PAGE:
An actuary is one of those jobs that you’ve heard of but you’re not quite sure of exactly what it is. You assume an actuary would be pretty good at maths and statistics and probably earn a lot of money, but that is as far as your knowledge of this career stretches. Want to know more?
There is a fair amount of uncertainty regarding future events – and this is where an actuary steps in. No, an actuary is not a psychic. Actuaries use mathematics and statistics to determine the likelihood and risk of a particular event occurring and provide solutions and recommendations based upon their findings. Read on to find out all you need to know about actuarial studies and this challenging profession.
Actuaries use mathematical expertise, statistical knowledge and economic and financial analysis to identify risks and uncertainty. They need to have impeccable complex problem-solving skills in order to find solutions to unforeseen events that can occur, and need to be very analytical to be able to assess and minimise the impact of risk. They also need to be decision-makers as they weigh up a number of alternative solutions before choosing the most appropriate one.
According to the Wall Street Journal’s 2009 study of the best jobs in the United States, actuary comes in second place. The study took into account five main criteria – environment, income, employment outlook, physical demands and stress. This job has consistently rated in the top jobs over the years, so if you’ve got what it takes it’s a pretty good career!
Traditionally, the majority of actuaries could be found working for insurance companies. People reduce their risk of financial loss by taking out all kinds of insurance, and actuaries evaluate the probability of this risk and design insurance policies, premiums and procedures. They have to calculate the amount of funds an insurance company needs to have in the likelihood of a claim being made.
But insurance isn’t the only industry you will find an actuary. They work for commercial and investment banks to analyse the long-term risk of investments, predict cash flows and liabilities. They are in the legal industry at court cases to determine economic losses in the form of wages and compensation. They could work in the building and construction industry analysing the financial risks and benefits of a manufacturing company purchasing an expensive piece of equipment. Actuaries work for government agencies, retirement funds, superannuation, universities and health care – their workplaces are widespread and varied. They don’t always have to work for a large organisation either – a lot of actuaries are self-employed and do consulting work.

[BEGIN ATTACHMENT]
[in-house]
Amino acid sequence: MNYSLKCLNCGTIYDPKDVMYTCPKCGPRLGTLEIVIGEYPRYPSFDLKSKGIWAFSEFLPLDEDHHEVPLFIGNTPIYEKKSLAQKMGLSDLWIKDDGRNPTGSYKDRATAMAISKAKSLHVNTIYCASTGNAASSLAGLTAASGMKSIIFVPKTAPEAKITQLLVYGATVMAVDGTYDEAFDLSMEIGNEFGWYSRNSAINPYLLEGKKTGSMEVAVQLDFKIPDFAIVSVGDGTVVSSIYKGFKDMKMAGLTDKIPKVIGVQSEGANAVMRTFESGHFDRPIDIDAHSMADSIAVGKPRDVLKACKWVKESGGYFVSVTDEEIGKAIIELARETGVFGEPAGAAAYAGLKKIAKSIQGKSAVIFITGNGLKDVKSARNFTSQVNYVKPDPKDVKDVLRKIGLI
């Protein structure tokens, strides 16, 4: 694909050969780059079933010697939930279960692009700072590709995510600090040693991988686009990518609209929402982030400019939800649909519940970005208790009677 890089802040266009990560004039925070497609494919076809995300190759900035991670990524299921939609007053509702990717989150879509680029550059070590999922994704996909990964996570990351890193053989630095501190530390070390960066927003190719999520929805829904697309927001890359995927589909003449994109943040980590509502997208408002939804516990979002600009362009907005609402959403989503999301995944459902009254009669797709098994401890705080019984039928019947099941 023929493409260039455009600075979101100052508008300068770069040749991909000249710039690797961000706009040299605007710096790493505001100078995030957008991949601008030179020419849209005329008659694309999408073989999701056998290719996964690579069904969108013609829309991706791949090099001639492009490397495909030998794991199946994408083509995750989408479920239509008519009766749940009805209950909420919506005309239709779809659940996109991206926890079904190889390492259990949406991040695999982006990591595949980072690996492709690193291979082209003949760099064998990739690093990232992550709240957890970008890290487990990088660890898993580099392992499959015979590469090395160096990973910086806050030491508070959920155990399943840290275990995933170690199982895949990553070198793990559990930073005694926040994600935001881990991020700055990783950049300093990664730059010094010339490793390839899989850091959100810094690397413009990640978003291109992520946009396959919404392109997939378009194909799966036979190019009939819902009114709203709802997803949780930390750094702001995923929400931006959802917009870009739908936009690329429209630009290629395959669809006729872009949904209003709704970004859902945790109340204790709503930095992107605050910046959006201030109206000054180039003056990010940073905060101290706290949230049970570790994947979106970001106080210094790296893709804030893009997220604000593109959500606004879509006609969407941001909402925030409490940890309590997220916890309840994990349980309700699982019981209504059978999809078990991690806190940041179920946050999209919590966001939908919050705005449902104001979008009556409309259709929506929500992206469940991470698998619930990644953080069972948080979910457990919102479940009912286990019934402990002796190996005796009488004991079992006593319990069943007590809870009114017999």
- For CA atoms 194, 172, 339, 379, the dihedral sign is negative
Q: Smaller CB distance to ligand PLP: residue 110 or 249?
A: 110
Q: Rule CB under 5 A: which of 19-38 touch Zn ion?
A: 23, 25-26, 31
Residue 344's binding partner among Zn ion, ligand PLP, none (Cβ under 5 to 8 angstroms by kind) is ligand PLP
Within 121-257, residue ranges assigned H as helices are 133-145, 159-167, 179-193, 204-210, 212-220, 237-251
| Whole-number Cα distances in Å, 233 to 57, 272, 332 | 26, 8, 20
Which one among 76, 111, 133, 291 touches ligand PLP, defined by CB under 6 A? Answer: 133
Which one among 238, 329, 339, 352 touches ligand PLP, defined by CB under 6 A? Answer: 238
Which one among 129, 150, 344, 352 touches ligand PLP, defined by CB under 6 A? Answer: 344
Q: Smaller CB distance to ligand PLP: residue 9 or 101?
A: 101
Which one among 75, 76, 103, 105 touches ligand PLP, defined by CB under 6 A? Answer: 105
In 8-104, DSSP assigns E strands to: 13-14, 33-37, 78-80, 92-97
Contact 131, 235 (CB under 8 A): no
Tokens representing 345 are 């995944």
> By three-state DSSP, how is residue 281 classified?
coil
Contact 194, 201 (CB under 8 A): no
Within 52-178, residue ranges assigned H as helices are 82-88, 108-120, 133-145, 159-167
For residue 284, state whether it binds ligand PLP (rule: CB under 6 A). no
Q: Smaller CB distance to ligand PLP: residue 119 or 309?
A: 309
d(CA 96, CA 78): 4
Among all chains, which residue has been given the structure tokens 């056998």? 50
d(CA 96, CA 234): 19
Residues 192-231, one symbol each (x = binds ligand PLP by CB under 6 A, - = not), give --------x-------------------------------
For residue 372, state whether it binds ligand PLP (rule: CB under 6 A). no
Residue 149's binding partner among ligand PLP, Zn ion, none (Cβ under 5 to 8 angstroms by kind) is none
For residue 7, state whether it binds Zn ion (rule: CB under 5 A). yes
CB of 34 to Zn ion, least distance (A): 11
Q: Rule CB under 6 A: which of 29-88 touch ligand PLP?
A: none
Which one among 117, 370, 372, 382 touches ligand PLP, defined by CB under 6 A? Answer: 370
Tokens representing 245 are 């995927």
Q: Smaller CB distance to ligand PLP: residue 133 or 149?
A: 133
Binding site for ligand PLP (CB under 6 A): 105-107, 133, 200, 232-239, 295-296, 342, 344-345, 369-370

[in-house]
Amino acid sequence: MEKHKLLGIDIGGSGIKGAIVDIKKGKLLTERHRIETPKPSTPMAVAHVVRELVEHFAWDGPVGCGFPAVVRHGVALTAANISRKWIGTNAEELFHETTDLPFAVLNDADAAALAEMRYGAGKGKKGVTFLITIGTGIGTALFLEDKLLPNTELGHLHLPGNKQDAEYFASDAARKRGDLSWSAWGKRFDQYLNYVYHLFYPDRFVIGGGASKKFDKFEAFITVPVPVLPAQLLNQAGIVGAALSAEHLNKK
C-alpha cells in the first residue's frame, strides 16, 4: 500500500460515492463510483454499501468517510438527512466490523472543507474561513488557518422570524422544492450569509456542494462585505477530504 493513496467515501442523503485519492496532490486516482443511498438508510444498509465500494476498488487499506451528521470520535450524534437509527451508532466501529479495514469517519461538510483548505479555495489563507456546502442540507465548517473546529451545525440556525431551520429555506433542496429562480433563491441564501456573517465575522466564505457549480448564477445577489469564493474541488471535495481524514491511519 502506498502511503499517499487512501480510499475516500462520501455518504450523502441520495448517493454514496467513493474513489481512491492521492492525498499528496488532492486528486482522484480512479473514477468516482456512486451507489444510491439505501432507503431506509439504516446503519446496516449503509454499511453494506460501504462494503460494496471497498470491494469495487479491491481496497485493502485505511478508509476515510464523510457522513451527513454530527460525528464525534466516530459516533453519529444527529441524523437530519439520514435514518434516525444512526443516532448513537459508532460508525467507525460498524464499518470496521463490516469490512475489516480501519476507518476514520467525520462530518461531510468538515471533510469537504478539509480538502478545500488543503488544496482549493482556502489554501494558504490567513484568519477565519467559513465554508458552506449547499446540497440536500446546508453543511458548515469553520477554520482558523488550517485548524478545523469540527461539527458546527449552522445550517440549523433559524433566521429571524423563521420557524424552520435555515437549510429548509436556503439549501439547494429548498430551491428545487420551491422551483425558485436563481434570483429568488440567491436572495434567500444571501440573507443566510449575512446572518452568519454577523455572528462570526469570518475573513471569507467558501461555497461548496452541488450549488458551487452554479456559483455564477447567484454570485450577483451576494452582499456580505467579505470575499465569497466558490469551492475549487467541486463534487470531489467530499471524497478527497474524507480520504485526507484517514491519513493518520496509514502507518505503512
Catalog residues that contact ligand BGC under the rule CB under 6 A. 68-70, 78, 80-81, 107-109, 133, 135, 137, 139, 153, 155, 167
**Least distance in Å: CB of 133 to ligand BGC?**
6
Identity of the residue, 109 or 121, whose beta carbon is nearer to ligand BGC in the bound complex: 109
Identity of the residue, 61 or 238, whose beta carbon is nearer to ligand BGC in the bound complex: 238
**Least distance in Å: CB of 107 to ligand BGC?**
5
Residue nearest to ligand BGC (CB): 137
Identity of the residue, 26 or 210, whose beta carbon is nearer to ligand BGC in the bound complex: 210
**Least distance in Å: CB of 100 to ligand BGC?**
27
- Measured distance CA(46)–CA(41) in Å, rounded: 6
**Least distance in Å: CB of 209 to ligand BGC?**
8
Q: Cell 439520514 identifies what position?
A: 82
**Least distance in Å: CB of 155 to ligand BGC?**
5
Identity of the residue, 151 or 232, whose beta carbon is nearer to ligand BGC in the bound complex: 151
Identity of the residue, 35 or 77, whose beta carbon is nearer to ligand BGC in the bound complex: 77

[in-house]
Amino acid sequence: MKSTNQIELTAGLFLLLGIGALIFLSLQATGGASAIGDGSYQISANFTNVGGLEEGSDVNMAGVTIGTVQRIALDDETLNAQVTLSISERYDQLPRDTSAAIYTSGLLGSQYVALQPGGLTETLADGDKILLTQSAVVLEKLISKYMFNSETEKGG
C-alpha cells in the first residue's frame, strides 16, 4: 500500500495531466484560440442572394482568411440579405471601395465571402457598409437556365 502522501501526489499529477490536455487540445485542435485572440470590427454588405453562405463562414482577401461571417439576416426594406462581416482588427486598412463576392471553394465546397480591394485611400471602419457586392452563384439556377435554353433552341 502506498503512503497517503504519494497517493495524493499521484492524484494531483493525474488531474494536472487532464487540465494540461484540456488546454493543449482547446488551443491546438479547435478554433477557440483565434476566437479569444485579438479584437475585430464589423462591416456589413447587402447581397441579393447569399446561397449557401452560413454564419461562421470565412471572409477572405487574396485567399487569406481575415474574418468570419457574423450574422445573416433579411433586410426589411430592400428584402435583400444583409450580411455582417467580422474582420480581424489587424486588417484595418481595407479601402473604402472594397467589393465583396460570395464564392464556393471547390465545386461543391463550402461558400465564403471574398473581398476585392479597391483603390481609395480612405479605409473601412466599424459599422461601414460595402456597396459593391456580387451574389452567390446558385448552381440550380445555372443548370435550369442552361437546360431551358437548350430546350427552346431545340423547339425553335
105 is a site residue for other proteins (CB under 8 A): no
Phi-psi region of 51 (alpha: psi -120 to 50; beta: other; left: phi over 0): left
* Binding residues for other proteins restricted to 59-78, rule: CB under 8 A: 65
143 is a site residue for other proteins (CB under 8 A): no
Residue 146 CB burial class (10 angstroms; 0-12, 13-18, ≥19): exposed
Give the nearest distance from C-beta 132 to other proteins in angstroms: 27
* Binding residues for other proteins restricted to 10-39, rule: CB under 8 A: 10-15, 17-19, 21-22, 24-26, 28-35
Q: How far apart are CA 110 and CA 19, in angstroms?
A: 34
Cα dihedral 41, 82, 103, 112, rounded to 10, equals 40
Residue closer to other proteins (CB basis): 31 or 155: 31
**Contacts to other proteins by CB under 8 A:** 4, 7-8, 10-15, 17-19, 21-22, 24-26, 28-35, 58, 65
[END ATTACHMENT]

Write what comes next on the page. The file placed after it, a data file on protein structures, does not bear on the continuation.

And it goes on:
Actuaries will also become increasingly involved in the global green movement, such as policy responses to climate change. As the climate change emphasis swings from science to economics, actuaries will be key components of multidisciplinary teams and help to set carbon prices as well as assess the budgetary impact of the increased incidence of disease.
The governing body for actuaries is the Institute of Actuaries in Australia. To qualify as an actuary in Australia you must complete the Institute’s Education Program, which is comprised of five parts.
Firstly, you must enrol in an undergraduate degree in Actuarial Studies or a Bachelor of Commerce majoring in Actuarial Studies. This must be completed at one of five accredited universities – Macquarie University, University of New South Wales, University of Melbourne, Curtin University or Australian National University (with Monash University soon to come on board). It’s important to note that you are not an actuary until you complete the next steps.
The remainder of the program is completed through the Institute and involves a combination of specialisation, practical experience and a professionalism course. After the steps in the program are completed, students qualify as a Fellow of the Institute of Actuaries of Australia (FIAA).
Once you are fully qualified you can make a very good income in this field. While students and graduates of an actuary undergraduate degree can earn around $55 000 to $70 000, once you have completed all stages of study and are qualified as a Fellow, you can earn anything from $65 000 – $100 000 per year, according to the Institute of Actuaries in Australia. A senior actuarial professional can earn around $200 000. According to the Australian government’s job outlook website, the average weekly earnings of full-time actuaries is $1265, or approximately $150 000 (before tax).
While the total number of actuaries in Australia is only small (around 7000 in August 2008), the profession has been growing strongly, according to the government’s job outlook website. Additionally, every country needs actuaries so you can use your skills around the world.
Being an actuary is a highly respected, rewarding and varied profession. If you’re an analytical person and a creative thinker who is good at maths, why not give this career a go? For more information on actuarial studies, check out the Institute of Actuaries in Australia website.